Ryanair has handed in a petition with 1.1 million passenger signatures to the European Commission, demanding that it take action to protect overflights across the union during air traffic control (ATC) strikes in order to keep skies open.

The airline claims customers are "fed up" with the delays being caused by work stoppages, particularly by ATC operators in France.

So far there have been 57 days of ATC strikes this year, which have led airlines including Ryanair to cancel thousands of flights.

Ryanair Group chief executive Michael O'Leary today delivered the petition to the offices of EU Commission President Ursula von der Leyen in Brussels, although she was travelling elsewhere at the time.

Michael O'Leary said Ryanair is not asking the EU Commission to take legal action against France, as it would take too long.

Instead, he said the EU Commission should put pressure on France to replicate the actions of other countries like Spain, Italy and Greece, which use minimum service legislation to ensure overflights are protected during ATC strikes.

And if cancellations are required, it should be domestic or short-haul flights to and from the state concerned that should be affected, he claimed.

He said it was "manifestly unfair" that overflights were cancelled at the expense of domestic ones.

"It is unacceptable that ATC strikes can result in the cancellation of thousands of EU passengers’ flights, while France and other EU member states use minimum service laws to protect their domestic flights," Mr O’Leary said

"Europe’s passengers are sick and tired of suffering unnecessary overflight cancellations during ATC strikes," he added.

Michael O'Leary, Ryanair's Group CEO, in Brussels today

"The EU Commission must now act upon the petition of more than 1.1 million EU citizens and insist that all states protect overflights during national ATC strikes as is already done in Greece, Italy and Spain," he added.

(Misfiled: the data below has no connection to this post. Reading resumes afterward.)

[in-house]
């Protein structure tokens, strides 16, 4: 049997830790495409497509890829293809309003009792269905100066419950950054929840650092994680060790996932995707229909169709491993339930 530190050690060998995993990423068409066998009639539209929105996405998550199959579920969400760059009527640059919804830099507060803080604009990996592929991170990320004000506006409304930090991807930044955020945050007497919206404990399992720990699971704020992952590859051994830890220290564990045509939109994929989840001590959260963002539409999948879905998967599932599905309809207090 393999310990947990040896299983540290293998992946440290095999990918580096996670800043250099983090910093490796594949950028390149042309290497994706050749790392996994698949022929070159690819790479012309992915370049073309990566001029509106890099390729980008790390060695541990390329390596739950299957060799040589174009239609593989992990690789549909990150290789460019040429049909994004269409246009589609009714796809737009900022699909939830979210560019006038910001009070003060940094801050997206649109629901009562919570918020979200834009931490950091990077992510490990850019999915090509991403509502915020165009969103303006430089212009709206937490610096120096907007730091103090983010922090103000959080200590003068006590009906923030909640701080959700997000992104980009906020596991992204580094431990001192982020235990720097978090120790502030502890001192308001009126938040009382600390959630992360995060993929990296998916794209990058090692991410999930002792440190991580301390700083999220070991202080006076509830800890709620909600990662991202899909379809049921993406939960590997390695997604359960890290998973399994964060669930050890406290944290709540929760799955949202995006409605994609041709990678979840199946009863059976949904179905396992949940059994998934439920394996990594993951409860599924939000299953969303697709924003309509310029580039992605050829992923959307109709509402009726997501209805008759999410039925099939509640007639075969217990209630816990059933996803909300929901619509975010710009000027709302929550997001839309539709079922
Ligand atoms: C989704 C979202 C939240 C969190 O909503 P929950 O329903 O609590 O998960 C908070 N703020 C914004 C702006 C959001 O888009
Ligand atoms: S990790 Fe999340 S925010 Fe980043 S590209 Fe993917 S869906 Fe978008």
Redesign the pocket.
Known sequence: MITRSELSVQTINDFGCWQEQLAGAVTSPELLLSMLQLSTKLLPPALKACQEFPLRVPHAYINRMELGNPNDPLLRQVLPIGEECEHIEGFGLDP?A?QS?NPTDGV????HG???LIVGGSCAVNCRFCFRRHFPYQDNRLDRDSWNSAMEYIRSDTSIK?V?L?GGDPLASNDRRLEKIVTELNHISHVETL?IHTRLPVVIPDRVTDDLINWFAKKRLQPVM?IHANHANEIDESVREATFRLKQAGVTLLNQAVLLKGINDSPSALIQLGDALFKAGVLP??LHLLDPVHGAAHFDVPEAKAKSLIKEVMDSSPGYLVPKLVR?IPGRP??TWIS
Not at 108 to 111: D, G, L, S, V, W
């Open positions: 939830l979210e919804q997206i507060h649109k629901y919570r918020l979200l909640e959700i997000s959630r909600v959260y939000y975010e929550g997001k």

Mr O'Leary said Ryanair is not trying to get the rights of ATC staff to strike taken away as it respects the rights of unions to take action.

But the airline does want 21-days notice of strike action and enforced arbitration for ATC disputes before industrial action can take place.

He said the EU has an obligation to protect the free movement of passengers and the single market for aviation.

Mr O’Leary also pointed out that if Ryanair and other airlines did not have to go around French airspace during strikes, it would have a huge environmental gain.

"We would save enormous amounts of fuel," he said.

In a statement, the European Commission said it had taken note of the Ryanair petition.

It said that industrial action during the summer cannot be ruled out and the right to strike is a fundamental right that the EU fully supports.

"However, experience in some countries (such as Italy and Greece) has shown that it is possible to ensure that national air traffic management strikes do not have a disproportionate effect on the overall European network," a spokesperson said.

"In 2017 already, the Commission issued a communication calling on member states to take measures to preserve overflights, and notably to ensure 100% continuity of service for flights crossing the airspace of strike-affected Member States, having no part in the strikes."

"It is essential that people can travel freely across Europe and to guarantee the proper functioning of the Internal Market, in full respect of the right to strike."

The spokesperson added that with that in mind, the Commission is liaising with relevant member states to assess whether and how service continuity for overflights could be improved in the event of strikes.

But the Commission also called on the European Parliament and the Council to speed up progress on the reform of the Singe European Sky – the EU's plan to unify air traffic control management across the union which has been stalled by opposition in some members states for some time.